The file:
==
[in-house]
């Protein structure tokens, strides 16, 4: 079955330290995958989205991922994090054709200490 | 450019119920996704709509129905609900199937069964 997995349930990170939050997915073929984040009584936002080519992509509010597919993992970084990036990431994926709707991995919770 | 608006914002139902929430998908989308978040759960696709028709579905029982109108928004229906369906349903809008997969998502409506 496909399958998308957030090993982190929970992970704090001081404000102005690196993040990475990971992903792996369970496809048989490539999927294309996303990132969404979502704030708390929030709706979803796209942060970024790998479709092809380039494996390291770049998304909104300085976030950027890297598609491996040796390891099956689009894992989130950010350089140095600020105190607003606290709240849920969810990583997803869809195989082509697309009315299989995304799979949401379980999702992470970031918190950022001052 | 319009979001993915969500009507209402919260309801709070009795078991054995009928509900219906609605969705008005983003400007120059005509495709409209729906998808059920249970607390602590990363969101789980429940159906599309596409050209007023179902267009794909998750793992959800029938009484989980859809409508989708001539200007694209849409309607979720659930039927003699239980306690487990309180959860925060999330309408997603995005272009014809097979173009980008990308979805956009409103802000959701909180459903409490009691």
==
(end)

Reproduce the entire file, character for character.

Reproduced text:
[in-house]
């Protein structure tokens, strides 16, 4: 079955330290995958989205991922994090054709200490 | 450019119920996704709509129905609900199937069964 997995349930990170939050997915073929984040009584936002080519992509509010597919993992970084990036990431994926709707991995919770 | 608006914002139902929430998908989308978040759960696709028709579905029982109108928004229906369906349903809008997969998502409506 496909399958998308957030090993982190929970992970704090001081404000102005690196993040990475990971992903792996369970496809048989490539999927294309996303990132969404979502704030708390929030709706979803796209942060970024790998479709092809380039494996390291770049998304909104300085976030950027890297598609491996040796390891099956689009894992989130950010350089140095600020105190607003606290709240849920969810990583997803869809195989082509697309009315299989995304799979949401379980999702992470970031918190950022001052 | 319009979001993915969500009507209402919260309801709070009795078991054995009928509900219906609605969705008005983003400007120059005509495709409209729906998808059920249970607390602590990363969101789980429940159906599309596409050209007023179902267009794909998750793992959800029938009484989980859809409508989708001539200007694209849409309607979720659930039927003699239980306690487990309180959860925060999330309408997603995005272009014809097979173009980008990308979805956009409103802000959701909180459903409490009691």